In 2020-2021 - and hopefully for many years beyond - I will study liturgy through the lens of autism. I have been awarded a Research Incentive Grant from the Carnegie Trust for the following project.
The project develops a novel interpretation of liturgy, by mapping the worship experiences and theological interpretations of people with autism. Often people with autism experience and understand the world around them different from others. However, this experience has hardly been taken into account in liturgical studies, either with regard to the challenges this experience brings with it (e.g. through sensory overload) or its unique contribution to liturgy and worship (e.g. redefining the importance of certain liturgical elements, such as ‘sharing the peace’ by shaking hands). Therefore, this project is significant in at least two ways. First, it acknowledges the voices and experiences of a fast-growing group in society. Second, studying liturgy and worship through to the lens of autism has huge potential to gain new insights in this core practice of Christian communities, which is also a fundamental aspect of theology in general.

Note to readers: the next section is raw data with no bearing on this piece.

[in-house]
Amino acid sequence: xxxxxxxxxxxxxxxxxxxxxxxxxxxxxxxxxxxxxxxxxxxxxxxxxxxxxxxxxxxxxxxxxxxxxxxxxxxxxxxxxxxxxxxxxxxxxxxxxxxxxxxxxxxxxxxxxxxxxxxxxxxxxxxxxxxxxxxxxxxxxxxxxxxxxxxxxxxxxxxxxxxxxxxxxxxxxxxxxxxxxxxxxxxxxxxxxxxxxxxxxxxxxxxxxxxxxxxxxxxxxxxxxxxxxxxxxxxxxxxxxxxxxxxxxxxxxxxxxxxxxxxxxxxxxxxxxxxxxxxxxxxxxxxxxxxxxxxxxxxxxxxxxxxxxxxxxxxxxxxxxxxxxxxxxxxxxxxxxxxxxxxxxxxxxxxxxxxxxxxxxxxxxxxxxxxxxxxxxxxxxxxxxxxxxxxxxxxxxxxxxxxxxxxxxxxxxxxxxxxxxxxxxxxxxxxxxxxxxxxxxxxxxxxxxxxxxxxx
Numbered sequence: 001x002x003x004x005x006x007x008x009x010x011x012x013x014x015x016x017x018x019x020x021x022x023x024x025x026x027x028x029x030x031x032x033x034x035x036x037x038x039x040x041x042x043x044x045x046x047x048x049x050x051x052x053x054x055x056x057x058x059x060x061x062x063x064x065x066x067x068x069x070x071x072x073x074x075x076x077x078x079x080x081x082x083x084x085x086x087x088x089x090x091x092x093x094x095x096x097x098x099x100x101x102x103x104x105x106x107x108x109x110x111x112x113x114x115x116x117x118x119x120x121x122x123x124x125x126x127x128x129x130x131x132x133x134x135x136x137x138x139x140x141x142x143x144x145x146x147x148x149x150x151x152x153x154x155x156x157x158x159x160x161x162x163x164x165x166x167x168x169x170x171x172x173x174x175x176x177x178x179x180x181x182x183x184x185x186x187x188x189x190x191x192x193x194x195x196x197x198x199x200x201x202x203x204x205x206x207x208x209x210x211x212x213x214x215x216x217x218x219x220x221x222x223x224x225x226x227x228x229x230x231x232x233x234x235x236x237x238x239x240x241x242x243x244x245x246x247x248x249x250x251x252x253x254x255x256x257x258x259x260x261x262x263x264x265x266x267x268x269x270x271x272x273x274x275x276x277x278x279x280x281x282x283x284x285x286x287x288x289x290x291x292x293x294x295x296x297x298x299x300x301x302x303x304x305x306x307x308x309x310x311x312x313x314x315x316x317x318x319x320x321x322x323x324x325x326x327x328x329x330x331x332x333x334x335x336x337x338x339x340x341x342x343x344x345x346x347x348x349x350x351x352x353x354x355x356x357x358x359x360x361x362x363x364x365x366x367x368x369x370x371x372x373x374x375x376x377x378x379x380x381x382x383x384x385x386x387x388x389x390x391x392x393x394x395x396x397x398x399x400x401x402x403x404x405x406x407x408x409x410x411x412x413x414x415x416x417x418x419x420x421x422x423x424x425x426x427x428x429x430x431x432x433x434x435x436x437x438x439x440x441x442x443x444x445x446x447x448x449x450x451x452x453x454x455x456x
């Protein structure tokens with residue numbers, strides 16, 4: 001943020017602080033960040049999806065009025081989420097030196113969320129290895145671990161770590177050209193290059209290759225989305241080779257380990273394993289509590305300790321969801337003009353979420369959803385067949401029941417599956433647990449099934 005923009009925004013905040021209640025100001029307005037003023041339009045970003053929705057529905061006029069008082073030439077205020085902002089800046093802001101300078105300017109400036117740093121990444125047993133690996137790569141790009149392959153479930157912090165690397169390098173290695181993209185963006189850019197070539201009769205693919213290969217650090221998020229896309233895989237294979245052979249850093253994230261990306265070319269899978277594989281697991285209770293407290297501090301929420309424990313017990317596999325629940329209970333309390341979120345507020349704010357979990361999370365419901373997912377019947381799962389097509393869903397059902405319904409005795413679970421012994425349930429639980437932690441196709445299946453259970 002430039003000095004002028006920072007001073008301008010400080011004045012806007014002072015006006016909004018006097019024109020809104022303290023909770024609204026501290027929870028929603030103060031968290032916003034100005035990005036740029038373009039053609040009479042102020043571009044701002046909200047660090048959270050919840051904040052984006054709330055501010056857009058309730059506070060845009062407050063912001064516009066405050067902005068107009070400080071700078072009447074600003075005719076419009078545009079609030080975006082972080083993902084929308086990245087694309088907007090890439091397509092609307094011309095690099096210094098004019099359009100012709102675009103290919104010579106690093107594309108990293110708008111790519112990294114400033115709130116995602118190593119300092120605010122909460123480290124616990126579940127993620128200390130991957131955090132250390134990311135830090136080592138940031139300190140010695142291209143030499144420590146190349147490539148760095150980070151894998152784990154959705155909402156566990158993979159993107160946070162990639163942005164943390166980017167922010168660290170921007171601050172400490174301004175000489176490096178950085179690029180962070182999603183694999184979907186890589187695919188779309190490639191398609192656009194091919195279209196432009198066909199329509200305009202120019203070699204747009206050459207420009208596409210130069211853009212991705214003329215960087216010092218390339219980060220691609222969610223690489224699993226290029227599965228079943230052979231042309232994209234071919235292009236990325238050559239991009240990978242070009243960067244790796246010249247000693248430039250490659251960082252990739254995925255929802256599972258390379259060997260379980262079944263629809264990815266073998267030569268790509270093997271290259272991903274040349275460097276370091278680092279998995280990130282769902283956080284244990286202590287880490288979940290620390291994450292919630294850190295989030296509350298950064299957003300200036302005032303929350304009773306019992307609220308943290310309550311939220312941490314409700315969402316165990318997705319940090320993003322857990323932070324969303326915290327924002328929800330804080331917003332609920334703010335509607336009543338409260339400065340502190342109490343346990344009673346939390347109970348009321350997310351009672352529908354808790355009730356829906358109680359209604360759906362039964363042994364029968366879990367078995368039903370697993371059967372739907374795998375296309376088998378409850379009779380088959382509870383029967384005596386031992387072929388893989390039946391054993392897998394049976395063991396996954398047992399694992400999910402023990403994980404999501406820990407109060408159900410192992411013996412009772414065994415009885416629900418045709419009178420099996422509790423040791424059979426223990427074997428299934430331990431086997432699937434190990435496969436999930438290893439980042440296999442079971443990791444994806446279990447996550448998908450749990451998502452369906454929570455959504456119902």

The core of this project is participant observation of worship services and interviews with people with autism, caregivers and/or family members, church leaders and disability advisers. This will take place at two sites. The first is a church in Singapore which is centred on those with autism. This church will be studied as a best practice example. The second site is various churches and participants in churches in Scotland. Here the experience is studied in churches that do not necessarily focus on autism, which will be the setting for most people with autism. Thus this project seeks to reframe liturgical theology through the lens of autism.